The smart contact lenses can gather important measurements for 24 hours a day.
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- New ocular technology in smart contact lenses can help eye specialists to identify and monitor patients’ risk factor for glaucoma.
- It can gather important measurements of intraocular pressure (IOP) – a key factor in glaucoma – for 24 hours a day, even during sleep.
- Alerts can then be triggered when IOP levels rise, allowing appropriate action and reducing the need for clinic visits.
Smart contact lenses could help stop glaucoma-related blindness, researchers report.
The researchers developed the new ocular technology to monitor patients’ intraocular pressure (IOP) readings more comfortably and accurately.
The tech serves as another option for eye specialists to identify glaucoma. The disease can steal a person’s vision without early warning signs or pain and affects more than 80 million people worldwide, according to the Glaucoma Research Foundation.
The only known modifiable risk factor is lowering a person’s IOP, which is difficult to monitor for long periods of time, particularly during sleep.
While exams can be performed in a specialist’s office and at-home monitoring systems are available, these all have their limitations. For instance, in-office measures are time-consuming, and current at-home technology is difficult to use, is uncomfortable, and doesn’t gather sufficient data at the right time periods or over long enough time periods for specialists to appropriately use the information to make optimized treatment decisions.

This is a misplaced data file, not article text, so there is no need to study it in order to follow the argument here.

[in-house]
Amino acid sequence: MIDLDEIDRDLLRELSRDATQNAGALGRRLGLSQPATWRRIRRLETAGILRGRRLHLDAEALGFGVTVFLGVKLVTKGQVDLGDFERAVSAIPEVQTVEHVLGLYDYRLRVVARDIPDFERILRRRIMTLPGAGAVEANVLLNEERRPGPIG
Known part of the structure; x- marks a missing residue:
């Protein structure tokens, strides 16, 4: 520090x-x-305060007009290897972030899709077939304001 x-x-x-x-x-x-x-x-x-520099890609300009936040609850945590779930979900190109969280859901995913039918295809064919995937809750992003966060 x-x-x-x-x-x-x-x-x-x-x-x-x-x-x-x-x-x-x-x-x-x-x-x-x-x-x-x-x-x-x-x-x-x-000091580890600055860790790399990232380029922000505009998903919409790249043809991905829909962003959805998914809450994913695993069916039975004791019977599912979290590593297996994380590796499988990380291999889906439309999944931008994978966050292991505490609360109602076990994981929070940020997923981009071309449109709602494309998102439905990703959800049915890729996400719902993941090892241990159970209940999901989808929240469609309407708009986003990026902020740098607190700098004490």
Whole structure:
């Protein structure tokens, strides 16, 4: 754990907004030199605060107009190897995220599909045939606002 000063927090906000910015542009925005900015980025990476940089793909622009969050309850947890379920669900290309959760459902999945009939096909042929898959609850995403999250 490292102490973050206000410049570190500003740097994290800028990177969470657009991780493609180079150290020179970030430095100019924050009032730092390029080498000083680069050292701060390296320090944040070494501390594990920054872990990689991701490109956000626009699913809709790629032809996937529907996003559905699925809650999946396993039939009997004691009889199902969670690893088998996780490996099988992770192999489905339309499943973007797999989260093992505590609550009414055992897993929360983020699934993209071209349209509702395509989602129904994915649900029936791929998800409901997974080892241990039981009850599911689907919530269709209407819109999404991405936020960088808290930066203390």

As reported in the journal Nature Communications, the new technology can gather important IOP measurements for 24-hour cycles, even during sleep.
“The largest increase in IOP often occurs while people are lying down, when overnight IOP is typically 10% to 20% greater than daytime IOP. Vision loss may occur during sleep without the patient noticing it, even if daytime in-clinic or at-home measurements indicate normal IOP,” says Chi Hwan Lee, associate professor of biomedical engineering in Purdue University’s Weldon School of Biomedical Engineering who has a joint appointment in the School of Mechanical Engineering and a courtesy appointment in the School of Materials Engineering.
Lee, who has worked on this technology for six years, specializes in sticktronics, which are sticker-like items that contain electronics or smart technology. His lab develops wearable biomedical devices that can continuously monitor chronic diseases or health conditions in an unobtrusive manner.
Some of the current wearable tonometers—or devices that measure the pressure inside one’s eyes—are equipped with an integrated circuit chip, which leads to increased thickness and is stiffer than a typical commercial soft contact lens, in many cases causing discomfort for patients. Lee’s version is different.
“To address this unmet need, we developed a unique class of smart soft contact lenses built upon various commercial brands of soft contact lenses for continuous 24-hour IOP monitoring, even during sleep at home,” Lee says.